My test app was created and compiled on a Mac for both Mac OS X and Windows, and while the native application operated exactly as expected, the Windows release needed some tweaking. Loading the project into the Windows version of RealBasic and then compiling produced much better results, and made the usual 'run, tweak, run, tweak, run, tweak' process run more smoothly and more quickly. But the simple ability to target multiple platforms rather than code for one then port to another is a big benefit.
Certainly for Mac programmers, RB 2005 is well up to date with the latest Apple technologies. You can build Spotlight queries into your code. For Windows users, there's even closer integration with VisualBasic. The Linux version is compatible with major x86 Linux distributions, including SuSE, RedHat, Mandriva/Mandrake, with GTK+ 2.0 or higher, Glibc-2.3 or higher and CUPS.
Across the range, it's got some impressive database functionality built in, with support for MySQL, PostgreSQL, Oracle, ODBC, Database4D, OpenBase, REALDatabase and Real's own SQLLite-based REALSQLDatabase engines. The networking side covers UDP and TCP socket controls, along with server functionality. Applications can contain their own HTML viewer, and 3D graphics too. Two-dimensional fun comes courtesy of the SpriteSurface control. For folk with an eye toward multi-core processors, RealBasic is capable of generating multi-threaded code. 64-bit support isn't here yet, but when it comes it's going to be much easier to recompile RealBasic code for the 64-bit world than it will software developed in other development environments.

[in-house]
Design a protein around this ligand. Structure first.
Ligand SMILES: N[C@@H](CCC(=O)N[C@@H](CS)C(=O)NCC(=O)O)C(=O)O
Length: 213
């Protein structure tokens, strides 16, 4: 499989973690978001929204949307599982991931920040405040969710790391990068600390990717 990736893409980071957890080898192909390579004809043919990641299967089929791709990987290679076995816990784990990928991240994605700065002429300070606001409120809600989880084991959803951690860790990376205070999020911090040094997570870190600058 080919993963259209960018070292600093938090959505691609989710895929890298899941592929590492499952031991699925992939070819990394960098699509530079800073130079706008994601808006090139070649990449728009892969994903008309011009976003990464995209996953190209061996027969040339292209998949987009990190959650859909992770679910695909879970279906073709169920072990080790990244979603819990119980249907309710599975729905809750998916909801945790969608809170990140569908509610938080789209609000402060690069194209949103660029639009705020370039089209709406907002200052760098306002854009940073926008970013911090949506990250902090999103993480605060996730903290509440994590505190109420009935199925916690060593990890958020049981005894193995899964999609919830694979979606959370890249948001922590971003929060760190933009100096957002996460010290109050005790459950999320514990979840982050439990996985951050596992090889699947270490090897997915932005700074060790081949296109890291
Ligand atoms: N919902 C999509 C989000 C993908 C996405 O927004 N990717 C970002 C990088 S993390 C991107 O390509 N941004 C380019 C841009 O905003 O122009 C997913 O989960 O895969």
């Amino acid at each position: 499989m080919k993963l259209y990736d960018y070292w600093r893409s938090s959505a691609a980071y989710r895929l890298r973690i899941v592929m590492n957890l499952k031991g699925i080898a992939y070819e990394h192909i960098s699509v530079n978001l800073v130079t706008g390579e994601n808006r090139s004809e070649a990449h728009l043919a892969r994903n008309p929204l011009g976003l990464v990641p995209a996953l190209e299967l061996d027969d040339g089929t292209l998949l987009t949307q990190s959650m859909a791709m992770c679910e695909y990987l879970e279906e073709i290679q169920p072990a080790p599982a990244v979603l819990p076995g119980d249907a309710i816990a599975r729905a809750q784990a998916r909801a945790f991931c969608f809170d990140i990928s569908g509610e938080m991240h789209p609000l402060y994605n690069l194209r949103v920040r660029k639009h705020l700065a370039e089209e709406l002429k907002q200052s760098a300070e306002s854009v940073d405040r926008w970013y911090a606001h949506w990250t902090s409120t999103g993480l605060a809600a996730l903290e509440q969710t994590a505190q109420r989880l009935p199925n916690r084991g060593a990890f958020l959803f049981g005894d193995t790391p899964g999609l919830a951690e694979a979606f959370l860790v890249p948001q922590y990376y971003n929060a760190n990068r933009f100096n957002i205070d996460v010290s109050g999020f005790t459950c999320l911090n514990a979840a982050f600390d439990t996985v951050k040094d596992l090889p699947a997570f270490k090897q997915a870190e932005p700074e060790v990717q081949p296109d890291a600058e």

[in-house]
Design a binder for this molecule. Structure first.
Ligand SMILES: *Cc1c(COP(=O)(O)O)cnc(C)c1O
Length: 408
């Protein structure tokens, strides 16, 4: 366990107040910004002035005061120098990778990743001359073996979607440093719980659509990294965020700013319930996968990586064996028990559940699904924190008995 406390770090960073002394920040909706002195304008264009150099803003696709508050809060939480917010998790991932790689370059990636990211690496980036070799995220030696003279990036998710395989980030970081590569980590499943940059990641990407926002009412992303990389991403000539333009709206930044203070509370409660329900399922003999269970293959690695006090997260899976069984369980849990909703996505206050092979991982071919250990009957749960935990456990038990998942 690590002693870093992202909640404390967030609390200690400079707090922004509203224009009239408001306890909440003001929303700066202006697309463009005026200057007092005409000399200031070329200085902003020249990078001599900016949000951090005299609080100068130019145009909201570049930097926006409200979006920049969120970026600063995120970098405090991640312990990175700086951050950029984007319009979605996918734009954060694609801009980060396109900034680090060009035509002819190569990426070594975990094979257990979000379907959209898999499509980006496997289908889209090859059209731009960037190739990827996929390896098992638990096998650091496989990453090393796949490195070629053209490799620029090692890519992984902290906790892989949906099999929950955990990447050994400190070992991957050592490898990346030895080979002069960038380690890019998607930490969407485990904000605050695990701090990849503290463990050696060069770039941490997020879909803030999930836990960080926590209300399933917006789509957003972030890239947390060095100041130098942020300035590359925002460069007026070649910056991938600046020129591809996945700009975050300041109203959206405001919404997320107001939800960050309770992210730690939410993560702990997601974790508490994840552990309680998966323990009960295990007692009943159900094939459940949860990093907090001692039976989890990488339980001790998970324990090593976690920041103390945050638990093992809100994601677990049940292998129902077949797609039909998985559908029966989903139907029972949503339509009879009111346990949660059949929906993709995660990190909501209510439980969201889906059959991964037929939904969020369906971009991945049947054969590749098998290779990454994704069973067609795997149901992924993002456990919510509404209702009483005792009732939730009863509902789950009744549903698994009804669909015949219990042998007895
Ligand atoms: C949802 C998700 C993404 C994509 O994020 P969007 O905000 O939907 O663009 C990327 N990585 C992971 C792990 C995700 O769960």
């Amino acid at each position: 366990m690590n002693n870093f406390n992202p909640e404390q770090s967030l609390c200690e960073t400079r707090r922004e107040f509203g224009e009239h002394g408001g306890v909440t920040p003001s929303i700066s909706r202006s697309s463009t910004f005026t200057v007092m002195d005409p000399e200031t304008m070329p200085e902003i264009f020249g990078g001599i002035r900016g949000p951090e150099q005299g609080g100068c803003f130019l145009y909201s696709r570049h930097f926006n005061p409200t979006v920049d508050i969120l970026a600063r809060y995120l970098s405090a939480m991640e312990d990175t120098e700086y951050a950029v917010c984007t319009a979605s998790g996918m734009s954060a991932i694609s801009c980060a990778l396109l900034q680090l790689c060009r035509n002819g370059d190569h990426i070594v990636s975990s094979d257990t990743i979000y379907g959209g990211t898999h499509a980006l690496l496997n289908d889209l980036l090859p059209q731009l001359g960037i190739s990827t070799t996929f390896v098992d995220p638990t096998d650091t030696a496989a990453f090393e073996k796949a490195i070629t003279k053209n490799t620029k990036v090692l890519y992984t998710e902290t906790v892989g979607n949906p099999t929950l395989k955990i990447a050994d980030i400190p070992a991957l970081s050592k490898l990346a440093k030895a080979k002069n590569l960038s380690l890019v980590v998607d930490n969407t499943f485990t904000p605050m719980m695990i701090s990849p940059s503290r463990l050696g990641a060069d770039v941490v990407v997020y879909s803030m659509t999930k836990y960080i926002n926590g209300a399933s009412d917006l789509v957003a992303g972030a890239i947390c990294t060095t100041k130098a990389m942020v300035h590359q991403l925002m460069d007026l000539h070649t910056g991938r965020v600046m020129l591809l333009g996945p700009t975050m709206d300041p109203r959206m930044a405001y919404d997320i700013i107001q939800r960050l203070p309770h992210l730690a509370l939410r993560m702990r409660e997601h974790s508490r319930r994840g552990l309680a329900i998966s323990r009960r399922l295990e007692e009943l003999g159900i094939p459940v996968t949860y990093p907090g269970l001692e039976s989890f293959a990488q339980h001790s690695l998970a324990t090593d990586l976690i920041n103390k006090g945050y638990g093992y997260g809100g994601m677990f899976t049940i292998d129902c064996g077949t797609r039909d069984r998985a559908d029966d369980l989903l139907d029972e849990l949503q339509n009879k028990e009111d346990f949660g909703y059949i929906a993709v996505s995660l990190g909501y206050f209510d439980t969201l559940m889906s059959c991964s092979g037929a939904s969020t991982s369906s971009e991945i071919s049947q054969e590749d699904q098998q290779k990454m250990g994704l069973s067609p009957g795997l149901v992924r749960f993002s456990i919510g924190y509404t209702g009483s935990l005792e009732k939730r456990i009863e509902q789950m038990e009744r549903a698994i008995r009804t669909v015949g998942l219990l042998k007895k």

There's clearly plenty of functionality here for almost every coder, though not all of it is available in RB's cheaper, 'Standard' form - for the database support and interesting features such as remote operation you'll need the full, 'Professional' version.
Flaws? Well, you still can't import multiple items - you're forced to add pictures, icons, AppleScripts etc. one at a time. There are bugs too: built applications didn't always appear with an icon, and in its first release RB 2005 proved a little unstable. Fortunately, Release 2 appears much more solid. Its cross-platform support could be better, but there are inevitable limits to what RB can do to shoehorn one mass of code into three UIs - sooner or later, you'll have to fork the code, to ensure code for some platforms don't look like crude ports, that some UI elements look right and the menus feel right for each platform. RB could do more to help you manage this.
I'd have liked to have seen as much scope for controlling how document icons appear and defining compatible document types (ie. file extensions) work in Windows as you get for Mac OS X. That may reflect the fact Windows has an easier way of doing all this stuff - Linux too, for that matter - but I'd like to be sure and, even after using RB, I'm not. As we posted this review, RealSoftware announced RB 2005 Release 3, which further improves stability, speeds up the compiler and enhances the tool's support for 3D graphics.
Programming tools are horses for courses, but RealBasic will run on a wide variety of race tracks. It's strength lies in its ability to hide complexity from the user. For the beginner that means an easy way into the arcane-seeming world of computer programming. For everyone else, from the occasional coder up to the professional, it means you can spend more time working on what your application will do and less on bringing it to life in the first place. It also makes it very easy to change direction mid-way through development. For commercial coders there's the absence of run-time royalties, and its cross-platform abilities help you address larger audiences. ®
|RealBasic 2005 Release 2|
|Price||Mac/Windows: Standard edition, $100; Pro edition, $400
Prices include six months' updates for free
|More info||The RealBasic site |